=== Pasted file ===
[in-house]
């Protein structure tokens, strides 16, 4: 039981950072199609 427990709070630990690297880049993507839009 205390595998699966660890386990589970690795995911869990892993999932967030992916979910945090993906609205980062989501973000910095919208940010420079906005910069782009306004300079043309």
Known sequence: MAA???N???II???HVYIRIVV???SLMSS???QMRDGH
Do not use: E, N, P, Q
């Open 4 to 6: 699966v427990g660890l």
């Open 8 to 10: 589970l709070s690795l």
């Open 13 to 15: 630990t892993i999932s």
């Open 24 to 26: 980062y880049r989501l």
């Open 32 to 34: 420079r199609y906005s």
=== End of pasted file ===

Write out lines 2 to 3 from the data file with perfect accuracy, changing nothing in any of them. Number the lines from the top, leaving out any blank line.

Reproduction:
């Protein structure tokens, strides 16, 4: 039981950072199609 427990709070630990690297880049993507839009 205390595998699966660890386990589970690795995911869990892993999932967030992916979910945090993906609205980062989501973000910095919208940010420079906005910069782009306004300079043309």
Known sequence: MAA???N???II???HVYIRIVV???SLMSS???QMRDGH